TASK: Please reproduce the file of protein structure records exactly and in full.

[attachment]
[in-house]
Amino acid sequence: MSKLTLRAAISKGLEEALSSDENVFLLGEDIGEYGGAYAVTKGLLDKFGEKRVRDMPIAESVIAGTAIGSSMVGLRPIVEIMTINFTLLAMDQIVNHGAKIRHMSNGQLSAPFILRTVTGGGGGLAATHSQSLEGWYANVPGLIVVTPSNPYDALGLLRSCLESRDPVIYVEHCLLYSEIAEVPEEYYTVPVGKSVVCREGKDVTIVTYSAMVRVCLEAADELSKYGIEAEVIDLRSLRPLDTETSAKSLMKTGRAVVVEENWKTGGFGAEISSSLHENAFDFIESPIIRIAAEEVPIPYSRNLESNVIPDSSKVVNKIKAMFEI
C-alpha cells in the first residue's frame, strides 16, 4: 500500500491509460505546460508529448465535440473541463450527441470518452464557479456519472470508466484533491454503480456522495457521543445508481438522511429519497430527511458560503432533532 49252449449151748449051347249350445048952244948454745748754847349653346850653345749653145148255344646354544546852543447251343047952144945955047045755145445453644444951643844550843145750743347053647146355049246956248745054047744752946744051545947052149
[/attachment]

[in-house]
Amino acid sequence: MSKLTLRAAISKGLEEALSSDENVFLLGEDIGEYGGAYAVTKGLLDKFGEKRVRDMPIAESVIAGTAIGSSMVGLRPIVEIMTINFTLLAMDQIVNHGAKIRHMSNGQLSAPFILRTVTGGGGGLAATHSQSLEGWYANVPGLIVVTPSNPYDALGLLRSCLESRDPVIYVEHCLLYSEIAEVPEEYYTVPVGKSVVCREGKDVTIVTYSAMVRVCLEAADELSKYGIEAEVIDLRSLRPLDTETSAKSLMKTGRAVVVEENWKTGGFGAEISSSLHENAFDFIESPIIRIAAEEVPIPYSRNLESNVIPDSSKVVNKIKAMFEI
C-alpha cells in the first residue's frame, strides 16, 4: 500500500491509460505546460508529448465535440473541463450527441470518452464557479456519472470508466484533491454503480456522495457521543445508481438522511429519497430527511458560503432533532 49252449449151748449051347249350445048952244948454745748754847349653346850653345749653145148255344646354544546852543447251343047952144945955047045755145445453644444951643844550843145750743347053647146355049246956248745054047744752946744051545947052149